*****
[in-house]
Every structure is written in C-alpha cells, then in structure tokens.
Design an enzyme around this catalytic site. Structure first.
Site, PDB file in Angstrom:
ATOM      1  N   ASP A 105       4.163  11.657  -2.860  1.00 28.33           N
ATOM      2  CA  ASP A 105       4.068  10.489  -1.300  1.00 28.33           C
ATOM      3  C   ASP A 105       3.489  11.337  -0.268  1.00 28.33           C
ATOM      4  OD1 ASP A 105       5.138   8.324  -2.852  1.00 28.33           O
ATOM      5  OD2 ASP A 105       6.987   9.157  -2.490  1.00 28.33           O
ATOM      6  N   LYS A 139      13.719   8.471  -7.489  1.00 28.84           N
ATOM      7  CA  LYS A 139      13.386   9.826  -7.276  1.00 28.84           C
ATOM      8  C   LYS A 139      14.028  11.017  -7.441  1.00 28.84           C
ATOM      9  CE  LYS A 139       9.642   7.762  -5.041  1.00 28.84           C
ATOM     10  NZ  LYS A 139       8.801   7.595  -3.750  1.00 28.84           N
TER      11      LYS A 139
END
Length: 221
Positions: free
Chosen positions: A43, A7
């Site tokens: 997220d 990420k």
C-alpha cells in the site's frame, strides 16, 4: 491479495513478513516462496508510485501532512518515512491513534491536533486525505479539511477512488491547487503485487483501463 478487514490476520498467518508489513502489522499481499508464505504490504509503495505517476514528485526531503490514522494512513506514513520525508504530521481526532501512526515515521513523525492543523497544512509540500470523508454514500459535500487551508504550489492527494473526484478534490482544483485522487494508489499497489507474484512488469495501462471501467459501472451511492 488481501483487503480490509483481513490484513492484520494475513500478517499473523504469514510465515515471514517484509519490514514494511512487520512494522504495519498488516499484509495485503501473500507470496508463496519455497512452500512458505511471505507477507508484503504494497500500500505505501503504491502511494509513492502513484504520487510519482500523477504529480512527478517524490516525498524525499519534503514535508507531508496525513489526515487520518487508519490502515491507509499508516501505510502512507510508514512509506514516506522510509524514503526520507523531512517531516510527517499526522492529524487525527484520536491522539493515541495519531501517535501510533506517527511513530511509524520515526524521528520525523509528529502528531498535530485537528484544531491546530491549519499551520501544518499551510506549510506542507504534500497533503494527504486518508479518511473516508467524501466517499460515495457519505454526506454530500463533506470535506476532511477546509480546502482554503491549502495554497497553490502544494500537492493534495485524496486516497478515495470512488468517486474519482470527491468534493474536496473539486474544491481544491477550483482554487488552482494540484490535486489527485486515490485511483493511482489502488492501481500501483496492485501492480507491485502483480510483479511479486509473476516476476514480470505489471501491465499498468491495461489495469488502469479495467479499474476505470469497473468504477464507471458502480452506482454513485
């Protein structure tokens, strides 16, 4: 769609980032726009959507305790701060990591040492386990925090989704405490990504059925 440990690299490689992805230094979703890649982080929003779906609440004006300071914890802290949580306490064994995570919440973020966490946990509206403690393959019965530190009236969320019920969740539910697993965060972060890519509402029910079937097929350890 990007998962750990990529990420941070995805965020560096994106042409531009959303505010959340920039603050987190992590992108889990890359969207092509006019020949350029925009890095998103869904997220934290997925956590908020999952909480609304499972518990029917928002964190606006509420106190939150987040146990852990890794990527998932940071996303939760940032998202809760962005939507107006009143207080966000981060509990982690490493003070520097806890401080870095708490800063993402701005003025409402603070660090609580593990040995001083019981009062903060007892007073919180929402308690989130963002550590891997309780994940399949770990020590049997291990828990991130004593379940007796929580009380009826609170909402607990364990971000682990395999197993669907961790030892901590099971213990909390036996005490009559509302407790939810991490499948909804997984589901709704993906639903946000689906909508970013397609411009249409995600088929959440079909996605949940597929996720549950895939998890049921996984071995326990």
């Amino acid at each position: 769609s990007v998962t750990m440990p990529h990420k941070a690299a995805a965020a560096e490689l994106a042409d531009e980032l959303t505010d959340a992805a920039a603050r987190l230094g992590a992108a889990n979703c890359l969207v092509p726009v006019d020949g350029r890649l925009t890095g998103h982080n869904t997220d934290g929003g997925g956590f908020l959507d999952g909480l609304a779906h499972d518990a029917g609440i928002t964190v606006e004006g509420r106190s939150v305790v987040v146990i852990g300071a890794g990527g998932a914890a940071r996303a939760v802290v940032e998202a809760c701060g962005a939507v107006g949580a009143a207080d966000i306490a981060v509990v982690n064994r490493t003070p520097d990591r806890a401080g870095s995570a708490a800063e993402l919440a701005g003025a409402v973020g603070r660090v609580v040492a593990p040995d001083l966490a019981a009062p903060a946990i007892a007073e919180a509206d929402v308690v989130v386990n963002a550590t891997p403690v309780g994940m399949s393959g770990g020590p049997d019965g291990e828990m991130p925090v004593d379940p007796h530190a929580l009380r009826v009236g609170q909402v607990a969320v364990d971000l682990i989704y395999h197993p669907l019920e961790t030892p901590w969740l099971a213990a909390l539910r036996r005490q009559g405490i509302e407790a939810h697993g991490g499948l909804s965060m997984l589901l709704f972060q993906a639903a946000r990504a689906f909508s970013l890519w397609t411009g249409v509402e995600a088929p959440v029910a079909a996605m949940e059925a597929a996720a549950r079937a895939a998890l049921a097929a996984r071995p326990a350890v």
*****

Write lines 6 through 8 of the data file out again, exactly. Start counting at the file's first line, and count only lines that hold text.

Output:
ATOM      2  CA  ASP A 105       4.068  10.489  -1.300  1.00 28.33           C
ATOM      3  C   ASP A 105       3.489  11.337  -0.268  1.00 28.33           C
ATOM      4  OD1 ASP A 105       5.138   8.324  -2.852  1.00 28.33           O